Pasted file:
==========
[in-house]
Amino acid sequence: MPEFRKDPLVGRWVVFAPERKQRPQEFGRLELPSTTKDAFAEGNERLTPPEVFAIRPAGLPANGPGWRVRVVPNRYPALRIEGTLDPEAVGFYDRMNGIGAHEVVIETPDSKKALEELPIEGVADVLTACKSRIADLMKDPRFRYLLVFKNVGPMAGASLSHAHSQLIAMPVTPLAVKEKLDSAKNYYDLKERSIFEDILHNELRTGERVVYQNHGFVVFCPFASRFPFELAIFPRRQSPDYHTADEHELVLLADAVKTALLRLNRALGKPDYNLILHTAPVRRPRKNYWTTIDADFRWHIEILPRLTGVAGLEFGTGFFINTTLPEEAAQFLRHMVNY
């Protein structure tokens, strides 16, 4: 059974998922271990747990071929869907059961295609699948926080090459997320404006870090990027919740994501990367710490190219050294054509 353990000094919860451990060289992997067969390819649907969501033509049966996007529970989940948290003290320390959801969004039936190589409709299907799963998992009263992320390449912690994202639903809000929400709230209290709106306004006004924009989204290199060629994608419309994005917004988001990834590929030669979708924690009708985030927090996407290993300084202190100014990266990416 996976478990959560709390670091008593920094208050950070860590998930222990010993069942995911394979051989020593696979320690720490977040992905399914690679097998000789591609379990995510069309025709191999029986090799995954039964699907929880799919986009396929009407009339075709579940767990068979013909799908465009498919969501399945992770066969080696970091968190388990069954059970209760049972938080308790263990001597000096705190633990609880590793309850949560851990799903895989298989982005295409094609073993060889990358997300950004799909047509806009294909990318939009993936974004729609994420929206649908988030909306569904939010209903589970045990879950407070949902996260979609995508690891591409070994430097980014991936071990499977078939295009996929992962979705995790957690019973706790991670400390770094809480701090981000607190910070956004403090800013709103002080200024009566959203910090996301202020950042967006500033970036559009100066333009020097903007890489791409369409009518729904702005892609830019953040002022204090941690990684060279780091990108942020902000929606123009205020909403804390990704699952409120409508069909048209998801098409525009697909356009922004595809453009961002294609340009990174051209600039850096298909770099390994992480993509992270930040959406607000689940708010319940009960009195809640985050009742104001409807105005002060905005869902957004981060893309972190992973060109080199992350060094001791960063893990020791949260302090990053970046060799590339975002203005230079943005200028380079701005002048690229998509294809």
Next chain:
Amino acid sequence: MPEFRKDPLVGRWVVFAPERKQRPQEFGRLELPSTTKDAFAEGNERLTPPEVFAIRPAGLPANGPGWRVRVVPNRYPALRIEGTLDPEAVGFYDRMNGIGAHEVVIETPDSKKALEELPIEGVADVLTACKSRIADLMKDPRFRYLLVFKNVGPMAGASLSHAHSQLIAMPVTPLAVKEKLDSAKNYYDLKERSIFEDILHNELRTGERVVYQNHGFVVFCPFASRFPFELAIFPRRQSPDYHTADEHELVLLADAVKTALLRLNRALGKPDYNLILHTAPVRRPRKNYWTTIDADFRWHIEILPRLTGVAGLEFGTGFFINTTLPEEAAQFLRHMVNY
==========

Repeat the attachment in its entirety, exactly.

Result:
[in-house]
Amino acid sequence: MPEFRKDPLVGRWVVFAPERKQRPQEFGRLELPSTTKDAFAEGNERLTPPEVFAIRPAGLPANGPGWRVRVVPNRYPALRIEGTLDPEAVGFYDRMNGIGAHEVVIETPDSKKALEELPIEGVADVLTACKSRIADLMKDPRFRYLLVFKNVGPMAGASLSHAHSQLIAMPVTPLAVKEKLDSAKNYYDLKERSIFEDILHNELRTGERVVYQNHGFVVFCPFASRFPFELAIFPRRQSPDYHTADEHELVLLADAVKTALLRLNRALGKPDYNLILHTAPVRRPRKNYWTTIDADFRWHIEILPRLTGVAGLEFGTGFFINTTLPEEAAQFLRHMVNY
């Protein structure tokens, strides 16, 4: 059974998922271990747990071929869907059961295609699948926080090459997320404006870090990027919740994501990367710490190219050294054509 353990000094919860451990060289992997067969390819649907969501033509049966996007529970989940948290003290320390959801969004039936190589409709299907799963998992009263992320390449912690994202639903809000929400709230209290709106306004006004924009989204290199060629994608419309994005917004988001990834590929030669979708924690009708985030927090996407290993300084202190100014990266990416 996976478990959560709390670091008593920094208050950070860590998930222990010993069942995911394979051989020593696979320690720490977040992905399914690679097998000789591609379990995510069309025709191999029986090799995954039964699907929880799919986009396929009407009339075709579940767990068979013909799908465009498919969501399945992770066969080696970091968190388990069954059970209760049972938080308790263990001597000096705190633990609880590793309850949560851990799903895989298989982005295409094609073993060889990358997300950004799909047509806009294909990318939009993936974004729609994420929206649908988030909306569904939010209903589970045990879950407070949902996260979609995508690891591409070994430097980014991936071990499977078939295009996929992962979705995790957690019973706790991670400390770094809480701090981000607190910070956004403090800013709103002080200024009566959203910090996301202020950042967006500033970036559009100066333009020097903007890489791409369409009518729904702005892609830019953040002022204090941690990684060279780091990108942020902000929606123009205020909403804390990704699952409120409508069909048209998801098409525009697909356009922004595809453009961002294609340009990174051209600039850096298909770099390994992480993509992270930040959406607000689940708010319940009960009195809640985050009742104001409807105005002060905005869902957004981060893309972190992973060109080199992350060094001791960063893990020791949260302090990053970046060799590339975002203005230079943005200028380079701005002048690229998509294809």
Next chain:
Amino acid sequence: MPEFRKDPLVGRWVVFAPERKQRPQEFGRLELPSTTKDAFAEGNERLTPPEVFAIRPAGLPANGPGWRVRVVPNRYPALRIEGTLDPEAVGFYDRMNGIGAHEVVIETPDSKKALEELPIEGVADVLTACKSRIADLMKDPRFRYLLVFKNVGPMAGASLSHAHSQLIAMPVTPLAVKEKLDSAKNYYDLKERSIFEDILHNELRTGERVVYQNHGFVVFCPFASRFPFELAIFPRRQSPDYHTADEHELVLLADAVKTALLRLNRALGKPDYNLILHTAPVRRPRKNYWTTIDADFRWHIEILPRLTGVAGLEFGTGFFINTTLPEEAAQFLRHMVNY